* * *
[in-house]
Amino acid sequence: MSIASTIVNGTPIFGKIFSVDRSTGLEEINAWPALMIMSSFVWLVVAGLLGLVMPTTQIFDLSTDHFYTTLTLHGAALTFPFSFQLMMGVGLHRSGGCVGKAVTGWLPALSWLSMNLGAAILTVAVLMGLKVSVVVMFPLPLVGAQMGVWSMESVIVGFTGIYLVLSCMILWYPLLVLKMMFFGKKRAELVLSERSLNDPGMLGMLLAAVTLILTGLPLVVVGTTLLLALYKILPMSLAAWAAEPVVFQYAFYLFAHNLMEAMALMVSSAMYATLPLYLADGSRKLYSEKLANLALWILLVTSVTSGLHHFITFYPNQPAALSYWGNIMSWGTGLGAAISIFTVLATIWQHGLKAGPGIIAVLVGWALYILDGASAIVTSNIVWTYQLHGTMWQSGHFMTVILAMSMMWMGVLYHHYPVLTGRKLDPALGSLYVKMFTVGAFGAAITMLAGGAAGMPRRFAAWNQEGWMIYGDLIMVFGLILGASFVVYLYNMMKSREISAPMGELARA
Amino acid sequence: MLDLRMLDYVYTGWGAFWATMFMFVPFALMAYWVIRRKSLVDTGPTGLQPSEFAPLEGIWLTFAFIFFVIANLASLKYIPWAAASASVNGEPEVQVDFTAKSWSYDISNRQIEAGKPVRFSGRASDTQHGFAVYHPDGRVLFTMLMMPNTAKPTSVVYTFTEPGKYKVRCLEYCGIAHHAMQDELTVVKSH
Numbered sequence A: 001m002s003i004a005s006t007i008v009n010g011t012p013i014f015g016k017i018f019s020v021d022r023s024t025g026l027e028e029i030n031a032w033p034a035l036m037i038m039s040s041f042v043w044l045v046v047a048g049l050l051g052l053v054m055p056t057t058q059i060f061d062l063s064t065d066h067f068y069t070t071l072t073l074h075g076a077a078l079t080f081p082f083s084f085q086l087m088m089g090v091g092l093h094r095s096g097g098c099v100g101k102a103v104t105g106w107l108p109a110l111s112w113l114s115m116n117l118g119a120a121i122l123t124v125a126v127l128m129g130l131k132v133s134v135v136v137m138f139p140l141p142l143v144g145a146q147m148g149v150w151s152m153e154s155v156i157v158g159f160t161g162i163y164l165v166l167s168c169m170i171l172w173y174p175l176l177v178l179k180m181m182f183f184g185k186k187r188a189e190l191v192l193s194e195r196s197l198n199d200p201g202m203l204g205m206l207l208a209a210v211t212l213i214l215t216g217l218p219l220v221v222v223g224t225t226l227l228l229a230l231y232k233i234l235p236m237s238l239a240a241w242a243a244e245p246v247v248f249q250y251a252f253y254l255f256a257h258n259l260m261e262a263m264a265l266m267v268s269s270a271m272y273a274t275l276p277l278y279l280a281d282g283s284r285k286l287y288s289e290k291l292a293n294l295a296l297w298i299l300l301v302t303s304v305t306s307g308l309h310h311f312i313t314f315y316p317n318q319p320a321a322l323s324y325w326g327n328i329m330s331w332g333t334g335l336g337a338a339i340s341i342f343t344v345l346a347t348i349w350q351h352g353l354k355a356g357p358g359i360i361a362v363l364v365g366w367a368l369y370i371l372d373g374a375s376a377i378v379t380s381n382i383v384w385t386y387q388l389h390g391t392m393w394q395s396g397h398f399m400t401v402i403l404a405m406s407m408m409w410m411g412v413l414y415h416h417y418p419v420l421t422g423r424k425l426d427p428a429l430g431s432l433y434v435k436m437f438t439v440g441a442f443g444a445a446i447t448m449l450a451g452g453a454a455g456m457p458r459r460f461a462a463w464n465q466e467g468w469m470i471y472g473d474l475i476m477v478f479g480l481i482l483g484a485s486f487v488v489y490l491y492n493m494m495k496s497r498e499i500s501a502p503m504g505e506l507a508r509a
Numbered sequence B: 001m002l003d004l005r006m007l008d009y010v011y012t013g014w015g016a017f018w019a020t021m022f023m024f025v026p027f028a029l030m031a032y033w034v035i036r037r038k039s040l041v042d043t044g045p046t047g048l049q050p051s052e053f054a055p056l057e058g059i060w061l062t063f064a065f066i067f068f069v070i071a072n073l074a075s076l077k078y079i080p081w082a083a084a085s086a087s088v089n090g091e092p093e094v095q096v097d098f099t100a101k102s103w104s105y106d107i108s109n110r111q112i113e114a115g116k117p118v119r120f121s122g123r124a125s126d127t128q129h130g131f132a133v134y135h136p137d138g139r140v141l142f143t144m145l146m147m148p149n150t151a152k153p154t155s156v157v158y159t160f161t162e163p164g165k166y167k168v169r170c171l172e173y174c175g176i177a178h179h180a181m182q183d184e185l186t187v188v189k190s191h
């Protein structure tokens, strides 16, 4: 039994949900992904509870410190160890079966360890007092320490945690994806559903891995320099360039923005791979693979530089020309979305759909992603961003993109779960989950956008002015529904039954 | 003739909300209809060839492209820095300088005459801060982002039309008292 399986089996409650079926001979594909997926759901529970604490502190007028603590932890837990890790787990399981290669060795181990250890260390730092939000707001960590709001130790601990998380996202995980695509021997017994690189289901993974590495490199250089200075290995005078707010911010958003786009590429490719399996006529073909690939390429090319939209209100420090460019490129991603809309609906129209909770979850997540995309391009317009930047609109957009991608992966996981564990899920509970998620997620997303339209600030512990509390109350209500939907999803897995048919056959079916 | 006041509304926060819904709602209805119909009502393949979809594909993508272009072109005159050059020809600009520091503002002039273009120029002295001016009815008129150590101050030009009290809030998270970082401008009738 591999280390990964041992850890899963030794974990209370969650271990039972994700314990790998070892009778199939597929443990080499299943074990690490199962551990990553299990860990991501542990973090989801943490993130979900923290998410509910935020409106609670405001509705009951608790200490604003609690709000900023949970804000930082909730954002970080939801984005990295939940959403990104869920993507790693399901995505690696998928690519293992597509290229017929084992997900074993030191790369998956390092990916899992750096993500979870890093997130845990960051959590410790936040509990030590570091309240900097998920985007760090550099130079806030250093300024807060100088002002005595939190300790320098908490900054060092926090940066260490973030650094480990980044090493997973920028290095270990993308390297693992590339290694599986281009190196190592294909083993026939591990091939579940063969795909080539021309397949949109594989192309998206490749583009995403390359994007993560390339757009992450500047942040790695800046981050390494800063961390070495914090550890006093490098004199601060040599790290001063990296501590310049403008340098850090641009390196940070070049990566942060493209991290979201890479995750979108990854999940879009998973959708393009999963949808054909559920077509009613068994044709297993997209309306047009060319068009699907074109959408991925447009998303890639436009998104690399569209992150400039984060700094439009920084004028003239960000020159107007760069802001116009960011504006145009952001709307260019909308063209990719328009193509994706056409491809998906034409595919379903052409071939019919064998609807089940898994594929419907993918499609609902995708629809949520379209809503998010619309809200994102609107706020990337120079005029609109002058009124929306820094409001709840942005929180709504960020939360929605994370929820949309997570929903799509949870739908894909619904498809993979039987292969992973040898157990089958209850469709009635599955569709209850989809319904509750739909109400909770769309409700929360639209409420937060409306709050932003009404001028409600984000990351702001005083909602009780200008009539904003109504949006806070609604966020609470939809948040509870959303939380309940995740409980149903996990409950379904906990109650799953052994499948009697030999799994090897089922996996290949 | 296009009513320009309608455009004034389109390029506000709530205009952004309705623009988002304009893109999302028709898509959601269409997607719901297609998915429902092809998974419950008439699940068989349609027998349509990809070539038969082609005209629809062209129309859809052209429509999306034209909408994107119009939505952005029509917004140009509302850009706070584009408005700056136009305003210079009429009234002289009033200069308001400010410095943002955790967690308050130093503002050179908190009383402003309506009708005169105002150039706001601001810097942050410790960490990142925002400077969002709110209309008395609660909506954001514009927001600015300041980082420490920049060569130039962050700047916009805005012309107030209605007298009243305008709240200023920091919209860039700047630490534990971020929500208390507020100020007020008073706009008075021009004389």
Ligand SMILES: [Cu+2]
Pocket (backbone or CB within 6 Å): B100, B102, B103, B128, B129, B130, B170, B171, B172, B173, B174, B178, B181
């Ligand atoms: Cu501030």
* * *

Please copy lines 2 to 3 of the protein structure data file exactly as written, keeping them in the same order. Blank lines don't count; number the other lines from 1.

Amino acid sequence: MSIASTIVNGTPIFGKIFSVDRSTGLEEINAWPALMIMSSFVWLVVAGLLGLVMPTTQIFDLSTDHFYTTLTLHGAALTFPFSFQLMMGVGLHRSGGCVGKAVTGWLPALSWLSMNLGAAILTVAVLMGLKVSVVVMFPLPLVGAQMGVWSMESVIVGFTGIYLVLSCMILWYPLLVLKMMFFGKKRAELVLSERSLNDPGMLGMLLAAVTLILTGLPLVVVGTTLLLALYKILPMSLAAWAAEPVVFQYAFYLFAHNLMEAMALMVSSAMYATLPLYLADGSRKLYSEKLANLALWILLVTSVTSGLHHFITFYPNQPAALSYWGNIMSWGTGLGAAISIFTVLATIWQHGLKAGPGIIAVLVGWALYILDGASAIVTSNIVWTYQLHGTMWQSGHFMTVILAMSMMWMGVLYHHYPVLTGRKLDPALGSLYVKMFTVGAFGAAITMLAGGAAGMPRRFAAWNQEGWMIYGDLIMVFGLILGASFVVYLYNMMKSREISAPMGELARA
Amino acid sequence: MLDLRMLDYVYTGWGAFWATMFMFVPFALMAYWVIRRKSLVDTGPTGLQPSEFAPLEGIWLTFAFIFFVIANLASLKYIPWAAASASVNGEPEVQVDFTAKSWSYDISNRQIEAGKPVRFSGRASDTQHGFAVYHPDGRVLFTMLMMPNTAKPTSVVYTFTEPGKYKVRCLEYCGIAHHAMQDELTVVKSH